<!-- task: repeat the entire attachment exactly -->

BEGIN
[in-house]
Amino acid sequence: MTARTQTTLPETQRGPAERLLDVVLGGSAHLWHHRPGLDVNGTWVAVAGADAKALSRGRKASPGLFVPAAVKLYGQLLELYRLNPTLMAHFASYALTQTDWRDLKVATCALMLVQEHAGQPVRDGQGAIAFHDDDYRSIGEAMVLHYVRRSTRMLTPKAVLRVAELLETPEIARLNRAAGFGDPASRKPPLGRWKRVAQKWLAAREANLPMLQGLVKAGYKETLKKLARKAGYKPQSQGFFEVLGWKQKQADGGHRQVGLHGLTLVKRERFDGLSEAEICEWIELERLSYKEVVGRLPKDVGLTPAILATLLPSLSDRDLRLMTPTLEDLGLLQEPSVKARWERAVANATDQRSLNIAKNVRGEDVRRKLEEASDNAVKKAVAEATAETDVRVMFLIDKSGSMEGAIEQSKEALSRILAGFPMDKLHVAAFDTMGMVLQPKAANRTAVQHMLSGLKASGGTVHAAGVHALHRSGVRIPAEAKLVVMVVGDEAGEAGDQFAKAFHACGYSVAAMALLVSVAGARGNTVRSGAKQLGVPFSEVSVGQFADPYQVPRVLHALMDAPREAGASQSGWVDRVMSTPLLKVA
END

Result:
[in-house]
Amino acid sequence: MTARTQTTLPETQRGPAERLLDVVLGGSAHLWHHRPGLDVNGTWVAVAGADAKALSRGRKASPGLFVPAAVKLYGQLLELYRLNPTLMAHFASYALTQTDWRDLKVATCALMLVQEHAGQPVRDGQGAIAFHDDDYRSIGEAMVLHYVRRSTRMLTPKAVLRVAELLETPEIARLNRAAGFGDPASRKPPLGRWKRVAQKWLAAREANLPMLQGLVKAGYKETLKKLARKAGYKPQSQGFFEVLGWKQKQADGGHRQVGLHGLTLVKRERFDGLSEAEICEWIELERLSYKEVVGRLPKDVGLTPAILATLLPSLSDRDLRLMTPTLEDLGLLQEPSVKARWERAVANATDQRSLNIAKNVRGEDVRRKLEEASDNAVKKAVAEATAETDVRVMFLIDKSGSMEGAIEQSKEALSRILAGFPMDKLHVAAFDTMGMVLQPKAANRTAVQHMLSGLKASGGTVHAAGVHALHRSGVRIPAEAKLVVMVVGDEAGEAGDQFAKAFHACGYSVAAMALLVSVAGARGNTVRSGAKQLGVPFSEVSVGQFADPYQVPRVLHALMDAPREAGASQSGWVDRVMSTPLLKVA